He had been waiting for five hours to vote, and was likely to have to wait around for a couple more. “I will wait long because I want to make a change,” he said.
If Kenyatta had to win, however, Ashidira said he would not accept the result because his Luhya tribe had been neglected by Kenyatta’s Kikuyu tribe, in terms of service delivery and jobs.
“We are still being colonised by our leaders,” he added.
Instead, he would take his cue from Odinga (a Luo).
If Odinga declared the result wasn’t free and fair, and called his supporters to action, Ashidira said he would go as far as to die so that future generations could thrive.
It is exactly because of this sentiment that Odinga’s press conference would have raised the temperature – even perhaps irresponsibly so.
It was held even before all the results were out or the official results had been declared, and Odinga roped in an ICT guy to give a highly technical explanation of what had happened.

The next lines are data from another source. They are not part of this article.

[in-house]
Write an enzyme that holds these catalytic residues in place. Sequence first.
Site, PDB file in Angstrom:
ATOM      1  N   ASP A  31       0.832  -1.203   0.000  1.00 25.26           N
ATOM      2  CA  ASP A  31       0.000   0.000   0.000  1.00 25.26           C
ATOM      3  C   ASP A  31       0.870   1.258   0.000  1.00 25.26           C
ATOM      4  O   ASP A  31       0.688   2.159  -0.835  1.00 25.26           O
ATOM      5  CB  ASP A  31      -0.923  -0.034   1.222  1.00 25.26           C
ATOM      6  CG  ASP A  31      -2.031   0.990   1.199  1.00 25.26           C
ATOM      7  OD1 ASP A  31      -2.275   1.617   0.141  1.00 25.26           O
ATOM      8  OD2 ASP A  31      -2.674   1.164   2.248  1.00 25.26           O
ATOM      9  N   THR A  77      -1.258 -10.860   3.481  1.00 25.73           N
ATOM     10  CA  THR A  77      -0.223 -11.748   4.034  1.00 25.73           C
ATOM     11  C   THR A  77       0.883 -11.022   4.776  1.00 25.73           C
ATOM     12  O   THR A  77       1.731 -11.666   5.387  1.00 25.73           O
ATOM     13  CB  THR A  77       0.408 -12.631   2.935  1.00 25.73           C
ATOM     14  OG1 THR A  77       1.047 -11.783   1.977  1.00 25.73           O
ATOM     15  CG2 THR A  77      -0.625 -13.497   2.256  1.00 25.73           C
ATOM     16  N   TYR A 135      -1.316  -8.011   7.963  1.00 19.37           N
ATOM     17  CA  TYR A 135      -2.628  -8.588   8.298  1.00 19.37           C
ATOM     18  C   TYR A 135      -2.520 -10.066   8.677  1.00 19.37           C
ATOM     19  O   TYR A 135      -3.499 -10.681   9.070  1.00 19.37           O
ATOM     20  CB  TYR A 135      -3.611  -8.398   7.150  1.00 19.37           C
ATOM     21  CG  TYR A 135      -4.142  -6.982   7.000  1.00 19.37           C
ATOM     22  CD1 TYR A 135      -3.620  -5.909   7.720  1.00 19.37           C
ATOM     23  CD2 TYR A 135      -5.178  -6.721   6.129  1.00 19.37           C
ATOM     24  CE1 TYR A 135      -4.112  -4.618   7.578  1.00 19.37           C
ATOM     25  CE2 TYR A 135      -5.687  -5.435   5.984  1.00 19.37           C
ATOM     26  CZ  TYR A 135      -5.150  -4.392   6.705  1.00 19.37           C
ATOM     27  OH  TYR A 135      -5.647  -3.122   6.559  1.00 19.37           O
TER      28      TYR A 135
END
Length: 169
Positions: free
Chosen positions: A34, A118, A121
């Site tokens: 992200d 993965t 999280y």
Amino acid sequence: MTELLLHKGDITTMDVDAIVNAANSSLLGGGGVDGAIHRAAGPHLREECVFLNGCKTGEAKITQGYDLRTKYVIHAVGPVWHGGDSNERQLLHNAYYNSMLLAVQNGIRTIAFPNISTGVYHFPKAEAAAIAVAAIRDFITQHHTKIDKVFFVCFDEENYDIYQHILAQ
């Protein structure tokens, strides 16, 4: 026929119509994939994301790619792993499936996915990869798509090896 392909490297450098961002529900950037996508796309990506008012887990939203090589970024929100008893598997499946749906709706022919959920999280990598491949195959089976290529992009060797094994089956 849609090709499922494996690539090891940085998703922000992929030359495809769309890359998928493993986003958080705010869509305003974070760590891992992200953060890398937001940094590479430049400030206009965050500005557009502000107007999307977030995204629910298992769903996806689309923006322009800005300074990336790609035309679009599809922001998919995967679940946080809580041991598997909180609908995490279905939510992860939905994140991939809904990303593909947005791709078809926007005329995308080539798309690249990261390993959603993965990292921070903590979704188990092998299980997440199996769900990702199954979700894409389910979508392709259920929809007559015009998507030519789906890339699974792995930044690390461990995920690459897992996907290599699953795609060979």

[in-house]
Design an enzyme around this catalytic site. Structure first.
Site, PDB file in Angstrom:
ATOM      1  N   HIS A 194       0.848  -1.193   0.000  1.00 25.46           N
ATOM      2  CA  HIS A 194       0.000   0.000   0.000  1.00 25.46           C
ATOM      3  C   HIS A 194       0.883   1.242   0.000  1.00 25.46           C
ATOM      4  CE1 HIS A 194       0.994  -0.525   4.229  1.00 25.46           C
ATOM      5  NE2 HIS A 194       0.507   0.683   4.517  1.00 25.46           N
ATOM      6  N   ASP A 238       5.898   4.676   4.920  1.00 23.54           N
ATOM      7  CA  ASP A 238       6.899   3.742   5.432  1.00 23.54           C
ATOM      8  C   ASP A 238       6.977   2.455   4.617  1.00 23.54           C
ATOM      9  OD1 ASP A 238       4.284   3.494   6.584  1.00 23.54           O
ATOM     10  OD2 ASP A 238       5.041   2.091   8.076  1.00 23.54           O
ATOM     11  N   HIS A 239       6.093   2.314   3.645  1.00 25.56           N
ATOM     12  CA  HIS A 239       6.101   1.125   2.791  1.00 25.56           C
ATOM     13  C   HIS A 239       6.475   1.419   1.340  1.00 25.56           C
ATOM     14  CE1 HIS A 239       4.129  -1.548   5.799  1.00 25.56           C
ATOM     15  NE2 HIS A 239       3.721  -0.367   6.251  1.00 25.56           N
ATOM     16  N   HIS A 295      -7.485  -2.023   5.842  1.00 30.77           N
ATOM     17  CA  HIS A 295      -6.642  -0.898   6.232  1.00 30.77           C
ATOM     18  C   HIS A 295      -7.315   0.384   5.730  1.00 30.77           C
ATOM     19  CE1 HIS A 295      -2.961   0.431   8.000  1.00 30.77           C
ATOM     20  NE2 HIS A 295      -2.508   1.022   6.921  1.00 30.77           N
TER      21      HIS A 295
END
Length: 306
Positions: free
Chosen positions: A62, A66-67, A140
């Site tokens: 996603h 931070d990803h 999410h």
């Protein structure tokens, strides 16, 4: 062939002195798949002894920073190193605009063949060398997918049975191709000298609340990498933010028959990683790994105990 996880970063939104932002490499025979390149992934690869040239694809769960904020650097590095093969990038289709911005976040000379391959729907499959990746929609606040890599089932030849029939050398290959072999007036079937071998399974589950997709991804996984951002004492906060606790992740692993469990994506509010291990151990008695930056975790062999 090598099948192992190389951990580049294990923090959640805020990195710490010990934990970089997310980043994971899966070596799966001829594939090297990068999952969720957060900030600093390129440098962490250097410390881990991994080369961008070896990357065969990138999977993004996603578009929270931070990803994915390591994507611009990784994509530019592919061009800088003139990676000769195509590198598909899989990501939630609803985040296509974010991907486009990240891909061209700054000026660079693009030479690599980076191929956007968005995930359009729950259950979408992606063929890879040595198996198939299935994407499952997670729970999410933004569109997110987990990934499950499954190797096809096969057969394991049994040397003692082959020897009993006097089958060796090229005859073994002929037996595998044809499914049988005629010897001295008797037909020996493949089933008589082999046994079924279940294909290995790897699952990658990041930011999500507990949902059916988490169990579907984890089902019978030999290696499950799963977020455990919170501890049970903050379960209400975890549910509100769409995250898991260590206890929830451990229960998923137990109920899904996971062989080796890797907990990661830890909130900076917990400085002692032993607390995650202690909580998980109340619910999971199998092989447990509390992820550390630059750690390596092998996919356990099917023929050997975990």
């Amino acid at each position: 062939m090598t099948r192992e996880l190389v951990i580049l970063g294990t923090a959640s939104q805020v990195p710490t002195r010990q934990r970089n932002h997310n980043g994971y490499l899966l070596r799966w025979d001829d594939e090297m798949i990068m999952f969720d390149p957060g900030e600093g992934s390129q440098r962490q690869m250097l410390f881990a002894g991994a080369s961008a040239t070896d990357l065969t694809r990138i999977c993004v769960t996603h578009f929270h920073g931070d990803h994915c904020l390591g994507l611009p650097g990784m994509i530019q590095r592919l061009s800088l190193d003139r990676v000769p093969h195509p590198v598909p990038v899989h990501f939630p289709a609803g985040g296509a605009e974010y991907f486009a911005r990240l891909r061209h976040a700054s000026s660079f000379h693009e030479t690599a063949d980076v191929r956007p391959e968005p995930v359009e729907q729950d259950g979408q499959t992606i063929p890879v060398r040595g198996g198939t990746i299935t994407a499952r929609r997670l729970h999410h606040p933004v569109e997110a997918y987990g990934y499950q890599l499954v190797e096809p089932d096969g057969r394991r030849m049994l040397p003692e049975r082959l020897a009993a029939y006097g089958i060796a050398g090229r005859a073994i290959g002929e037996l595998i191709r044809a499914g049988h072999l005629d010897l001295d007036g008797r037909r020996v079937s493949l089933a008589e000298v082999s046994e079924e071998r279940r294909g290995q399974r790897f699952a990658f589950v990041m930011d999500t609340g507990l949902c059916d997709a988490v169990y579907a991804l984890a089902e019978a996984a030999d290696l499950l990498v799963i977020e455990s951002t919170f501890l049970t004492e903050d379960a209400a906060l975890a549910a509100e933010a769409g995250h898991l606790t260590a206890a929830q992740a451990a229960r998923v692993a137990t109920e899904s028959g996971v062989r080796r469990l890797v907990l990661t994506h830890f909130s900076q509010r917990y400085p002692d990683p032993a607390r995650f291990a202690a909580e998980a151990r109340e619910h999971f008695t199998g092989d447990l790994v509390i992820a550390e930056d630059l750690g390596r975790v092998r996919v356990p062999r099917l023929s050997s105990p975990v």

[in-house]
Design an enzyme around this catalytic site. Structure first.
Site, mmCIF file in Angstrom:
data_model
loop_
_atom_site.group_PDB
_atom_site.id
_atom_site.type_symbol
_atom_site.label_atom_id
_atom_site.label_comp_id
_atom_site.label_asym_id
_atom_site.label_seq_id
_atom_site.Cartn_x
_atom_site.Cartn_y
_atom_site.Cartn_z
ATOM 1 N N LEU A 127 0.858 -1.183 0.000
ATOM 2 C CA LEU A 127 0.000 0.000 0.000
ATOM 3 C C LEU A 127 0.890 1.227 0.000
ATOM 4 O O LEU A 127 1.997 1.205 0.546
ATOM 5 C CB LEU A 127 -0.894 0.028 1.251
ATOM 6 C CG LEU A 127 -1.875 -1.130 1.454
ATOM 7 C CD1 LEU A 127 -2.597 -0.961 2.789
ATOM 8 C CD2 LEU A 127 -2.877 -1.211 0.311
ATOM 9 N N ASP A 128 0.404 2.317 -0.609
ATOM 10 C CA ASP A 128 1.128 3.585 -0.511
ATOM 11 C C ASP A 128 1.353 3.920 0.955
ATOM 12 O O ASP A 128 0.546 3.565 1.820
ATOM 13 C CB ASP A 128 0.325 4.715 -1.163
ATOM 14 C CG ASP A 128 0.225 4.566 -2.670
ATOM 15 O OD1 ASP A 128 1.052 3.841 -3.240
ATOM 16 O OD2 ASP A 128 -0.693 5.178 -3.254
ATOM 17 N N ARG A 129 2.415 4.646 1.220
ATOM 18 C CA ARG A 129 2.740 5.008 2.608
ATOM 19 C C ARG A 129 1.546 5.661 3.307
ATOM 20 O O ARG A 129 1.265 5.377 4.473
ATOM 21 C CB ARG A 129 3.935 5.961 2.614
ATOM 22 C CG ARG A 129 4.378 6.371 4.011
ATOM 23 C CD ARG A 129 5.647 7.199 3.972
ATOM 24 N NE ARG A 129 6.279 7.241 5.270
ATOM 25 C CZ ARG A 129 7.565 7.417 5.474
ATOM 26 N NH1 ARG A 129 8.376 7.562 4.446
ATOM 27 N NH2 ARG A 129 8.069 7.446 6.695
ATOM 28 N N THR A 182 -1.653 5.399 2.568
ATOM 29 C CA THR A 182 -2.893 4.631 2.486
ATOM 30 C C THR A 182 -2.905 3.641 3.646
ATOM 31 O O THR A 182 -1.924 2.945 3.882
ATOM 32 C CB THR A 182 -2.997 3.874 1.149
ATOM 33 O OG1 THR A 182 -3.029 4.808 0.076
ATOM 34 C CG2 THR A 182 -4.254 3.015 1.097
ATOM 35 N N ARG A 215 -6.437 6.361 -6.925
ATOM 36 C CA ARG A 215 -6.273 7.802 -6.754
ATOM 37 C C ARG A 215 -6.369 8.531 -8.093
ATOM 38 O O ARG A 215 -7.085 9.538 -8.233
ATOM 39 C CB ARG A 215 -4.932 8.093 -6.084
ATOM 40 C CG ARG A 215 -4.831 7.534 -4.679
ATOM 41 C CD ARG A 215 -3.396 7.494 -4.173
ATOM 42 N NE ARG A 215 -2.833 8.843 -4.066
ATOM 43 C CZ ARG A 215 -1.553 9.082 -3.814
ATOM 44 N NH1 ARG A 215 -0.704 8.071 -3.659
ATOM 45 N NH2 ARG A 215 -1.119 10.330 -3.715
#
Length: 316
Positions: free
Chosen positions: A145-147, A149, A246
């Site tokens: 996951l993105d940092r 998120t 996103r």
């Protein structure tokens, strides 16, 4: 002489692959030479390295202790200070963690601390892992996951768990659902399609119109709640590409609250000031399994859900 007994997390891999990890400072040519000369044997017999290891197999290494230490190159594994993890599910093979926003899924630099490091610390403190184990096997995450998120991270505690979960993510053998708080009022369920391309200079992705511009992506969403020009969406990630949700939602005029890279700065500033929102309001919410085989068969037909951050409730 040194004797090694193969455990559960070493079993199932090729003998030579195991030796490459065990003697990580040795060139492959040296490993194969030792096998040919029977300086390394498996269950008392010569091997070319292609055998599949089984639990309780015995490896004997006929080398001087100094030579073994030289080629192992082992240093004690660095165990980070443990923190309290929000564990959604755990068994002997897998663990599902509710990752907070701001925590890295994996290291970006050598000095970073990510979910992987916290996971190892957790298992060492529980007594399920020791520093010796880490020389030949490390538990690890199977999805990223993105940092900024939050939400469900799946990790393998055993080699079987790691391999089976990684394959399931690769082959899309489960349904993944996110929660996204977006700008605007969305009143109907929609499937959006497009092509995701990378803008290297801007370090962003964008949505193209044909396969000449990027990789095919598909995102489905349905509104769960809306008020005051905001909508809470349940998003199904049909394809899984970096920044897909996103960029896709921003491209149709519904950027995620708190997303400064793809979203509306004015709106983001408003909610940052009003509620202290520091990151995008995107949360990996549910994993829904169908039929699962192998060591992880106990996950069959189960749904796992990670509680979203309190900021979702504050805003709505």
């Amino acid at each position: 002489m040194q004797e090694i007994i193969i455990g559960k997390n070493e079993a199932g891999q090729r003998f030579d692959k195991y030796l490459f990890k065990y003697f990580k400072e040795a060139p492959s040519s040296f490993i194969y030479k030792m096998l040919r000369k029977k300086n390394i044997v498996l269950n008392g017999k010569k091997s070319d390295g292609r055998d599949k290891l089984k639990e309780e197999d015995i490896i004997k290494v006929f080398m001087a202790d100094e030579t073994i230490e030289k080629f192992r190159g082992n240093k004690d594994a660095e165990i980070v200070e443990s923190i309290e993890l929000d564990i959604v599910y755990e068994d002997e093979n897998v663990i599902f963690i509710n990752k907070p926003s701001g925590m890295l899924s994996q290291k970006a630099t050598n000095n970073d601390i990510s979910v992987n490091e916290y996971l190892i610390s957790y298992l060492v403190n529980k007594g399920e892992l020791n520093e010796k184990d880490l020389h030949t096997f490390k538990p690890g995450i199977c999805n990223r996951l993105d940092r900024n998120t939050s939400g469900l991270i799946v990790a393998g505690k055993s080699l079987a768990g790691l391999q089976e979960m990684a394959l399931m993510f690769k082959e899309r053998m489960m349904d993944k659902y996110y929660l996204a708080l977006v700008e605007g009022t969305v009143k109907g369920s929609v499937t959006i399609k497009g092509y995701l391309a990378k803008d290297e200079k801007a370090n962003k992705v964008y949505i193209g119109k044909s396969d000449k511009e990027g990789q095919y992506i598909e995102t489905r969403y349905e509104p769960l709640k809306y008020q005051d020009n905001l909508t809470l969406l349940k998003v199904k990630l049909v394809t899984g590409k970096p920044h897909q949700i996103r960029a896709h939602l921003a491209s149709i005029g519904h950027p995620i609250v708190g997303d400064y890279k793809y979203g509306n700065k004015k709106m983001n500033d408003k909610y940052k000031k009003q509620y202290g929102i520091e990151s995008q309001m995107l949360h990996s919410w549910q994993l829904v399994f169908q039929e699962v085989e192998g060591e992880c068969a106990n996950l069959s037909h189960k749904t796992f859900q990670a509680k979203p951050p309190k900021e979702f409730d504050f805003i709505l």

Few people are likely to understand how Jubilee would have hacked the system, but many would believe it possible.
It was up to Odinga to say what he planned to do about these claims – court action or a run-off (should no candidate get 50% of the vote), would have been two of the options – but he didn’t.
Instead, his running mate, Kalonzo Musyoka, proclaimed that due to the “tragedy” that had occurred, supporters “may be called to action”.
Odinga’s claims of rigging certainly hold water, and the IEBC said they would investigate the claims of hacking. In fact, there seems to be a kind of tacit and cynical understanding on both sides that you need to cheat the system to get anywhere. A 100% turnout in strongholds is one of the ways, with the swing counties then ultimately determining the result.